Tuesday, 8 April 2014

Adrian Mitchell and the Special Branch Poetry Critics

The poetry critics from Special Branch
Solomon Hughes
(Originally published - Morning Star - January 3rd 2009, following the death of Adrian Mitchell.)
The strongest  lost radical voice of 2009  belonged to the poet Adrian Mitchell, who died on the December 20.
His poem To Whom It May Concern remains one of the most powerful anti-war works of our times.
If we journalists had remembered it better, we would have uncovered more of the empty propaganda promoting the war on Iraq before the conflict started, rather than after the bombs have dropped.
Mitchell's words held as well for the newsroom in 2003 as in 1964. He wrote: "So chain my tongue with whisky/Stuff my nose with garlic/Coat my eyes with butter/Fill my ears with silver/Stick my legs in plaster/Tell me lies about Vietnam."
The whisky-chained tongues and silver-filled ears were sadly around for Iraq as well as Vietnam.
The murderous hokey-cokey of Mitchell's poem, where "You put your bombers in, you put your conscience out/You take the human being and you twist it all about" is also now being danced around the Gaza Strip.
I spoke briefly to Mitchell last year when I found that Special Branch had opened a file on the poet.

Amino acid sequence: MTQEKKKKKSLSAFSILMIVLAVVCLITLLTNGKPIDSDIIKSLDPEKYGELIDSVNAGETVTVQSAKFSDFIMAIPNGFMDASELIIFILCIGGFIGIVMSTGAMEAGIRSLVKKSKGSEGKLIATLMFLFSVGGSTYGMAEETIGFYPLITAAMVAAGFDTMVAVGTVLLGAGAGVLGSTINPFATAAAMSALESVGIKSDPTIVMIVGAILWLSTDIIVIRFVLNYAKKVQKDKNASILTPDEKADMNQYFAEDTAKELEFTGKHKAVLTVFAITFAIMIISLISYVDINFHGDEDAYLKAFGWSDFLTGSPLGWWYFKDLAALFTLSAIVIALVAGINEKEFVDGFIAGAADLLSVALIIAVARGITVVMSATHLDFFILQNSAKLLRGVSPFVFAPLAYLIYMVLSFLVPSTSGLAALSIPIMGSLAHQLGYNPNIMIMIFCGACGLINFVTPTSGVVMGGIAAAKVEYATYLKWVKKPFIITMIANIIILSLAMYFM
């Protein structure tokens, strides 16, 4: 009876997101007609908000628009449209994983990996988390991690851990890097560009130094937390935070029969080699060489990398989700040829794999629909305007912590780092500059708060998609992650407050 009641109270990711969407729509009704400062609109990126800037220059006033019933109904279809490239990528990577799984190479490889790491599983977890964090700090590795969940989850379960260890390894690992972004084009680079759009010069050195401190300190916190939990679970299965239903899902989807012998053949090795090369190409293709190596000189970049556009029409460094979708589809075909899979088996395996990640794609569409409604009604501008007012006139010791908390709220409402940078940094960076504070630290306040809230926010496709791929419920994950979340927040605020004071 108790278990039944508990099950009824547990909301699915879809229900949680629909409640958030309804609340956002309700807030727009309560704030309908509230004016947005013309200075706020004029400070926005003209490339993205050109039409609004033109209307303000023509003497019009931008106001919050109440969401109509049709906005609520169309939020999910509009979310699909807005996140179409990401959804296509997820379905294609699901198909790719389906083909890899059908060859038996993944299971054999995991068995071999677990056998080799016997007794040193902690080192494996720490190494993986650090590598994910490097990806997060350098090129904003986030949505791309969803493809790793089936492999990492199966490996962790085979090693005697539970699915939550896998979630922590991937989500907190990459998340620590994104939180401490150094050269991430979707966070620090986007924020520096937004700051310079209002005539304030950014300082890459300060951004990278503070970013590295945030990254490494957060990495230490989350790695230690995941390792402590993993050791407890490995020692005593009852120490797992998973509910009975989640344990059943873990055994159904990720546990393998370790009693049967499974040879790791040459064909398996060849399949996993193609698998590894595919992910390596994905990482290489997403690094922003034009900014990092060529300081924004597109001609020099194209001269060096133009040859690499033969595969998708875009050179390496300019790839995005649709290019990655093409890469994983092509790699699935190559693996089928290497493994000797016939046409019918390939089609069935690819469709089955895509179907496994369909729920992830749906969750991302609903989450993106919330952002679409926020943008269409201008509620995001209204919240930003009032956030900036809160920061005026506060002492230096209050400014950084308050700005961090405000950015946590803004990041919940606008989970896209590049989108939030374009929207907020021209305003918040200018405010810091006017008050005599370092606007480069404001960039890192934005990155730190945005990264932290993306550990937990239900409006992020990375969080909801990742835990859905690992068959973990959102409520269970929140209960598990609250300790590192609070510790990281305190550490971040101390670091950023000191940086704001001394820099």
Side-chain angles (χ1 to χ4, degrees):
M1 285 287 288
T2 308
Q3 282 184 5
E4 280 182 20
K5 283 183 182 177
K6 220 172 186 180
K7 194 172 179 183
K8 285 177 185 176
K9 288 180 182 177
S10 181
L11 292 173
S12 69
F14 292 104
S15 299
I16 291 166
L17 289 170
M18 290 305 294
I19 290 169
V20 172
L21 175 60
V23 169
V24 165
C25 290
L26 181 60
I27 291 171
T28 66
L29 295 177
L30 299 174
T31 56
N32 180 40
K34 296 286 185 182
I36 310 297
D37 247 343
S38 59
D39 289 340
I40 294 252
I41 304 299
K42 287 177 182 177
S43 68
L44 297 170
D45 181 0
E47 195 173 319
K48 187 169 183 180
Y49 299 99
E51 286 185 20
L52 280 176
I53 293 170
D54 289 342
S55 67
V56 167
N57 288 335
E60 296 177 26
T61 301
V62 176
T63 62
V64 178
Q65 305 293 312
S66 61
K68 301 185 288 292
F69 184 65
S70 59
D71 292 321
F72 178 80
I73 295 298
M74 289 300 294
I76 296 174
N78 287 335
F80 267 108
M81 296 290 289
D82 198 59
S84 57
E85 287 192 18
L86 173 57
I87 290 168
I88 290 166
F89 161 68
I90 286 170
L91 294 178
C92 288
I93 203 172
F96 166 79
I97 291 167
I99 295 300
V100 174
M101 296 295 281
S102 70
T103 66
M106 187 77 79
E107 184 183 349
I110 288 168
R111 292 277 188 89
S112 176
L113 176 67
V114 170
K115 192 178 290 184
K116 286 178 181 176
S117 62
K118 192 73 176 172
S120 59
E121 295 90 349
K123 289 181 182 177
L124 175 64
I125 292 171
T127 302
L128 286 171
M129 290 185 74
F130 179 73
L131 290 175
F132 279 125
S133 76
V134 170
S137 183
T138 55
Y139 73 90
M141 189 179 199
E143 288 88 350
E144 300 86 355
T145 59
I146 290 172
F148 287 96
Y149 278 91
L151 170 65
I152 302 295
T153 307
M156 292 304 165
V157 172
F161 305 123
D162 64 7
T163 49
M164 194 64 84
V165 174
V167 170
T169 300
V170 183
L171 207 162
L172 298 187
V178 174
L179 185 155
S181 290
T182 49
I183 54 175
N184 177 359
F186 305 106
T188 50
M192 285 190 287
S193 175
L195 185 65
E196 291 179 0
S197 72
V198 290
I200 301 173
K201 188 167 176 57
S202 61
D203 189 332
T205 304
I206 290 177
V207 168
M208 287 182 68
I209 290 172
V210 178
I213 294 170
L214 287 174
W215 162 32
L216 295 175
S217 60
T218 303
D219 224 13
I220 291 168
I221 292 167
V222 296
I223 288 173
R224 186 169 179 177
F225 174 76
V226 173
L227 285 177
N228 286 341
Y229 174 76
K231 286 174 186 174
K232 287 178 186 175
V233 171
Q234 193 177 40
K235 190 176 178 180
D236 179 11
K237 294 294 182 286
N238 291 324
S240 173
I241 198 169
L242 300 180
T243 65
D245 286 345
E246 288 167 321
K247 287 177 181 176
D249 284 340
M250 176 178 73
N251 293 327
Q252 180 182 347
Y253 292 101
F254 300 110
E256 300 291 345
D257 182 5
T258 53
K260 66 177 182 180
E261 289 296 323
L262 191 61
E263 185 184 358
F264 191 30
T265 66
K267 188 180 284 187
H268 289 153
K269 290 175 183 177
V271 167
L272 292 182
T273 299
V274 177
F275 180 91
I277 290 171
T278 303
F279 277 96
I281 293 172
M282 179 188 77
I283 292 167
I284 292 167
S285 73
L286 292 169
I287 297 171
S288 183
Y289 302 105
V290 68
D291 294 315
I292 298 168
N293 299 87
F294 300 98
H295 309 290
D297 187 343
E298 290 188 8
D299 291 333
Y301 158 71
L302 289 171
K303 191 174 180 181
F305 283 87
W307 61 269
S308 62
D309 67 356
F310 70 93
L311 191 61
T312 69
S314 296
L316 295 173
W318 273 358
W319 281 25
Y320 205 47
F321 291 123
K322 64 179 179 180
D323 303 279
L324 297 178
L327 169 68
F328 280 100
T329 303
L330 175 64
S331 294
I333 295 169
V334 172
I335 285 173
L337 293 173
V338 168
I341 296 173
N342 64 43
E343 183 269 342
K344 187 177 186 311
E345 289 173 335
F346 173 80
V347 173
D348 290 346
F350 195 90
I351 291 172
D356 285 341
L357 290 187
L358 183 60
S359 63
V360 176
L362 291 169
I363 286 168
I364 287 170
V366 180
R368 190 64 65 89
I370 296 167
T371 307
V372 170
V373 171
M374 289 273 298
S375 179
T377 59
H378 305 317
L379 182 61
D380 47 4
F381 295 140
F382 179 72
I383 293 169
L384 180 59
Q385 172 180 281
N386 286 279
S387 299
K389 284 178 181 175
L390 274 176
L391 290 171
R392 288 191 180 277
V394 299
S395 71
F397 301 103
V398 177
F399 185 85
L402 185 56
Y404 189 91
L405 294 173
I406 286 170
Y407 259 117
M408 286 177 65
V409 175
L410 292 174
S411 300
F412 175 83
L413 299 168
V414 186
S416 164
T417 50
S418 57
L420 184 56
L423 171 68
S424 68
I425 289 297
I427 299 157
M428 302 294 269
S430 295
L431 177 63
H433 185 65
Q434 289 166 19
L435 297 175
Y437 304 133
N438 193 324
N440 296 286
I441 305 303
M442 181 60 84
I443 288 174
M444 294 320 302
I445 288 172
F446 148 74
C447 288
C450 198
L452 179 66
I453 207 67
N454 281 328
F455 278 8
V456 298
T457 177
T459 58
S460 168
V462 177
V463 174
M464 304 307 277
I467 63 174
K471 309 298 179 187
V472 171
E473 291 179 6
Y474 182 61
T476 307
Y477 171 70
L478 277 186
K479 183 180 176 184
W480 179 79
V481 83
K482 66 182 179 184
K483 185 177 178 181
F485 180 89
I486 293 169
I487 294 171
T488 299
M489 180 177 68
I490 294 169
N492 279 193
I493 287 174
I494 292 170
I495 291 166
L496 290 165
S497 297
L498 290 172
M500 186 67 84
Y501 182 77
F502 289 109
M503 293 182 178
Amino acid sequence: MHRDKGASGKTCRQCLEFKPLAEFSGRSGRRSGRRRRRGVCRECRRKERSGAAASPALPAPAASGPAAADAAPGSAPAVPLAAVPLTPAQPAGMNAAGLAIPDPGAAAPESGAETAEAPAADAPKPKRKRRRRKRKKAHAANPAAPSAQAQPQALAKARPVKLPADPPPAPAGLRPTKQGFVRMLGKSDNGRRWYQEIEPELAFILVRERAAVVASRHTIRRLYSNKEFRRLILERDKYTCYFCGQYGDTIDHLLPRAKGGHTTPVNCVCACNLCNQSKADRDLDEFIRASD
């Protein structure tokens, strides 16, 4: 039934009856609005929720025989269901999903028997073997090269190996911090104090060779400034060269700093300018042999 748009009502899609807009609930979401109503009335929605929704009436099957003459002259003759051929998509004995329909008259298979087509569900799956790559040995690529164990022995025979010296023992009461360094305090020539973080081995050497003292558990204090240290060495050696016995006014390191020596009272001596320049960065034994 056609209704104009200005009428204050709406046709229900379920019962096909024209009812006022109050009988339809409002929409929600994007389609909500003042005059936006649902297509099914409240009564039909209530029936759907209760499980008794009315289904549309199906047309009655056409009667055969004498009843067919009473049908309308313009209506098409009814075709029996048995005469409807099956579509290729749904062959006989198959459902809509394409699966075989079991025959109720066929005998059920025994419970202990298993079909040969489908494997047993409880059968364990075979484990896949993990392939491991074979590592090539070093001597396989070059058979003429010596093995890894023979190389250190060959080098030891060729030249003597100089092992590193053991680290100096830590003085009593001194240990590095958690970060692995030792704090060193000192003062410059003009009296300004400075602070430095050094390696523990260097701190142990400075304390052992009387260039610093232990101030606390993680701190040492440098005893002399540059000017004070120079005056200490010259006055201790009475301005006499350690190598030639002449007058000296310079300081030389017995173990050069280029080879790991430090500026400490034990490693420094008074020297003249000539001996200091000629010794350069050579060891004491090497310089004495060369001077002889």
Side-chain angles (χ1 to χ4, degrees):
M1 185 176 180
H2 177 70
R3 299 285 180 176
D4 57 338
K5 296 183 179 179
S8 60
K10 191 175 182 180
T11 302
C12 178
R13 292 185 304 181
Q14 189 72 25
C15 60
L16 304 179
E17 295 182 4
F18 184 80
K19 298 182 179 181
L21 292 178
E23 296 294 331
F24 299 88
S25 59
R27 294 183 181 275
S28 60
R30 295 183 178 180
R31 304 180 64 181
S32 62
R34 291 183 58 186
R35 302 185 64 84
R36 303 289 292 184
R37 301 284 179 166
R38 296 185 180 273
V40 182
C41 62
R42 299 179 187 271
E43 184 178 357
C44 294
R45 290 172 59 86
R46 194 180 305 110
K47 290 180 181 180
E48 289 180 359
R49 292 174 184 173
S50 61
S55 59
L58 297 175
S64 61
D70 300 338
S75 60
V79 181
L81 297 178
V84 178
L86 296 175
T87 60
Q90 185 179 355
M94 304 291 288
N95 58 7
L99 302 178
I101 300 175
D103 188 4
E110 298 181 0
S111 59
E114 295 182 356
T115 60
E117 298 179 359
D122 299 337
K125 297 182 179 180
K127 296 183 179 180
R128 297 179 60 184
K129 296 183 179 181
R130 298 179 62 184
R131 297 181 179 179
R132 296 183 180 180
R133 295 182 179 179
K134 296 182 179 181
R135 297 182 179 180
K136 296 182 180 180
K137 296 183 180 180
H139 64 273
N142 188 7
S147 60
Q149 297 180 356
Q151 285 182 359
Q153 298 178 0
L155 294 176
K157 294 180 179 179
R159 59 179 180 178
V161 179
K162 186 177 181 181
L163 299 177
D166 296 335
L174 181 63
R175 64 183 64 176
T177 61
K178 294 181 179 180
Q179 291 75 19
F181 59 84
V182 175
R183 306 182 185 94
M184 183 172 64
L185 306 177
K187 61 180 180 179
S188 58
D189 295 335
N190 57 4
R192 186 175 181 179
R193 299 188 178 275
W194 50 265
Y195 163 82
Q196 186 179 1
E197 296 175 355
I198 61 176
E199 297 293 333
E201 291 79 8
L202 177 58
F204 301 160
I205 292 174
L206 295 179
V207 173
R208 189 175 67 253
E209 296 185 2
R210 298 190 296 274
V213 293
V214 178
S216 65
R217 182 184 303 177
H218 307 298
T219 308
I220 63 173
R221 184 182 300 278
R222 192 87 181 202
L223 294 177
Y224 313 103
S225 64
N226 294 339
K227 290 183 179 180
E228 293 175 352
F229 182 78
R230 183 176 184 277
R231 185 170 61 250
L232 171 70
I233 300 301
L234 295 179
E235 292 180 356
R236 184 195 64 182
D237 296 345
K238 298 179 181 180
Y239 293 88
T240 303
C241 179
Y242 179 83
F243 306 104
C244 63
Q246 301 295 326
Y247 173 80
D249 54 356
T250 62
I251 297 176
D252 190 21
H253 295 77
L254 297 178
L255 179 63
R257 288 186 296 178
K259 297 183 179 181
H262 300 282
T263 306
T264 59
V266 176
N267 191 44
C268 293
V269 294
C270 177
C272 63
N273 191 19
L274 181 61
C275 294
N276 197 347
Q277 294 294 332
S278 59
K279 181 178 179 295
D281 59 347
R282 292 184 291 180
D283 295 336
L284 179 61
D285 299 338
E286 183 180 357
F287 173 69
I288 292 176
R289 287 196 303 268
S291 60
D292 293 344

I got hold of a previously secret Special Branch report of a 1968 Youth CND demonstration against the Vietnam war.
Mitchell addressed the demo and the documents showed that Special Branch had added their notes of his address to their " Adrian Mitchell" file.
The cloth-eared Special Branch poetry critic was not a fan of Mitchell's oeuvre.
The undercover policeman wrote: "Adrian Mitchell recited one of his poems, the meaning of which was largely unintelligible."
Even today, some of what Special Branch wrote about Mitchell was "redacted" - it was blanked out and remains secret.
I spoke to Mitchell and he gave me what every journalist wants - a good quote.
He told me that he thought that the "intelligence" services had been interested in him ever since he went to a Communist Party wine and cheese event for peace at Oxford.
He told me: "I wasn't a Communist, but I like wine. And cheese. And peace." Mitchell also said that Special Branch were "very silly, but I hope they still have their notebooks open because I'm still doing this stuff."
Unfortunately, they can now close their notebooks as Mitchell he is unable to continue doing his radical stuff, but I remain very glad that he did.
I hope that another generation of poets is ready to dictate their work into Special Branch notebooks now Mitchell is unavailable to the Secret Police Poetry Appreciation Society.

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